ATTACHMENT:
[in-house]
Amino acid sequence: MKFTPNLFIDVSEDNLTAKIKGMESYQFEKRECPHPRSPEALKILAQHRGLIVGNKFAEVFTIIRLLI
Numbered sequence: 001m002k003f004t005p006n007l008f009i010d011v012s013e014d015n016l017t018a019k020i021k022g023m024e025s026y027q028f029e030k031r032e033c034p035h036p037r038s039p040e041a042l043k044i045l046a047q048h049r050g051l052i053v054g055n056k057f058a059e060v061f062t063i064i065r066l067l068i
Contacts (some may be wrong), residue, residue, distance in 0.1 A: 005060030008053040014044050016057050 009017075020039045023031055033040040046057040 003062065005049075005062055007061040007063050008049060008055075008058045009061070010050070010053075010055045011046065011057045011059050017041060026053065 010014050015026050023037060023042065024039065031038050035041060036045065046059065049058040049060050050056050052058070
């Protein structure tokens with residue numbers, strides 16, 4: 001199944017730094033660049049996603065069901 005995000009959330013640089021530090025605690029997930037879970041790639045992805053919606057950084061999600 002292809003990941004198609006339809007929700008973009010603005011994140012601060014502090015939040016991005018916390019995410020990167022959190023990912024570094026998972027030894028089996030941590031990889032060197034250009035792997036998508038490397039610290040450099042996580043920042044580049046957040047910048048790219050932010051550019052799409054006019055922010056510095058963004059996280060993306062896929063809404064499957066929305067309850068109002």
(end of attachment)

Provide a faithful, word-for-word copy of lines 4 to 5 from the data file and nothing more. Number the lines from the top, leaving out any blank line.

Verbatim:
Contacts (some may be wrong), residue, residue, distance in 0.1 A: 005060030008053040014044050016057050 009017075020039045023031055033040040046057040 003062065005049075005062055007061040007063050008049060008055075008058045009061070010050070010053075010055045011046065011057045011059050017041060026053065 010014050015026050023037060023042065024039065031038050035041060036045065046059065049058040049060050050056050052058070
């Protein structure tokens with residue numbers, strides 16, 4: 001199944017730094033660049049996603065069901 005995000009959330013640089021530090025605690029997930037879970041790639045992805053919606057950084061999600 002292809003990941004198609006339809007929700008973009010603005011994140012601060014502090015939040016991005018916390019995410020990167022959190023990912024570094026998972027030894028089996030941590031990889032060197034250009035792997036998508038490397039610290040450099042996580043920042044580049046957040047910048048790219050932010051550019052799409054006019055922010056510095058963004059996280060993306062896929063809404064499957066929305067309850068109002």